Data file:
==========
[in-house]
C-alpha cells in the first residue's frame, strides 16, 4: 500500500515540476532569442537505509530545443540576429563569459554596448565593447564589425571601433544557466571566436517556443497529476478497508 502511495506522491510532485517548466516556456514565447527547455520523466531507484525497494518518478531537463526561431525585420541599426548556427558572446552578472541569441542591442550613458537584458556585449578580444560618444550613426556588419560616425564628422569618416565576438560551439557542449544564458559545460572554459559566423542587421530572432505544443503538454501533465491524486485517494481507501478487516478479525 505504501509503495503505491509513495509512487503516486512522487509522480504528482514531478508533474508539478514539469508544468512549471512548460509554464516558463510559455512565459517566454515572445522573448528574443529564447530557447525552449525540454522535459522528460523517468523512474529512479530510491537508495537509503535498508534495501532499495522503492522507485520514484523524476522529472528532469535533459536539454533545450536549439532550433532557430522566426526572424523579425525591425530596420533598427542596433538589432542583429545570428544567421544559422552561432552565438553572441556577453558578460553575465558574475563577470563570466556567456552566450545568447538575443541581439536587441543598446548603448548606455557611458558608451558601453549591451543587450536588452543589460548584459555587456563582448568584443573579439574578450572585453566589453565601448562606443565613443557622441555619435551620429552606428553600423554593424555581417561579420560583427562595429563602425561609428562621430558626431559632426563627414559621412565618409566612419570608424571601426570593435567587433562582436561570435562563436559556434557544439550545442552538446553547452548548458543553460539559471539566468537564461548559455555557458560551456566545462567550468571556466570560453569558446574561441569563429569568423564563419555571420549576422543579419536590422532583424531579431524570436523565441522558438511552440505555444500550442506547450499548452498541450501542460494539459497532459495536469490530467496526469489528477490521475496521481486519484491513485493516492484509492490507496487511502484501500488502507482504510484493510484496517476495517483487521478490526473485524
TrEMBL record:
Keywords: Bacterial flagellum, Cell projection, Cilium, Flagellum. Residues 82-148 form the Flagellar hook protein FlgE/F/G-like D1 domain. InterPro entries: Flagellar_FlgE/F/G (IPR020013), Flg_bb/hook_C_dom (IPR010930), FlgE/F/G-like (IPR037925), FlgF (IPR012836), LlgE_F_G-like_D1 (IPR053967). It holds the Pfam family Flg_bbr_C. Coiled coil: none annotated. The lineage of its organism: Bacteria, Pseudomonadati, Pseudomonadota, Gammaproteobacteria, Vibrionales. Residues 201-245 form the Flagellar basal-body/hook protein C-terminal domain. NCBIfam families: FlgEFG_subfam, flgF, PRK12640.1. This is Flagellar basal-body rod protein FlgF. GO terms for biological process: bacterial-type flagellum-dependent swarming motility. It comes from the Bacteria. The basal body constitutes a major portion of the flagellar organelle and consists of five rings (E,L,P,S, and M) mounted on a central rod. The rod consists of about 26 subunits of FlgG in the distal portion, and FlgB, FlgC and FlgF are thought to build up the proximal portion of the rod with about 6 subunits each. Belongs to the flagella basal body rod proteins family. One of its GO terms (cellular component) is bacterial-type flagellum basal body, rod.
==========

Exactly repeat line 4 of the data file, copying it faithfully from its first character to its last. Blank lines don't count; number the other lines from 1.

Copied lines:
Keywords: Bacterial flagellum, Cell projection, Cilium, Flagellum. Residues 82-148 form the Flagellar hook protein FlgE/F/G-like D1 domain. InterPro entries: Flagellar_FlgE/F/G (IPR020013), Flg_bb/hook_C_dom (IPR010930), FlgE/F/G-like (IPR037925), FlgF (IPR012836), LlgE_F_G-like_D1 (IPR053967). It holds the Pfam family Flg_bbr_C. Coiled coil: none annotated. The lineage of its organism: Bacteria, Pseudomonadati, Pseudomonadota, Gammaproteobacteria, Vibrionales. Residues 201-245 form the Flagellar basal-body/hook protein C-terminal domain. NCBIfam families: FlgEFG_subfam, flgF, PRK12640.1. This is Flagellar basal-body rod protein FlgF. GO terms for biological process: bacterial-type flagellum-dependent swarming motility. It comes from the Bacteria. The basal body constitutes a major portion of the flagellar organelle and consists of five rings (E,L,P,S, and M) mounted on a central rod. The rod consists of about 26 subunits of FlgG in the distal portion, and FlgB, FlgC and FlgF are thought to build up the proximal portion of the rod with about 6 subunits each. Belongs to the flagella basal body rod proteins family. One of its GO terms (cellular component) is bacterial-type flagellum basal body, rod.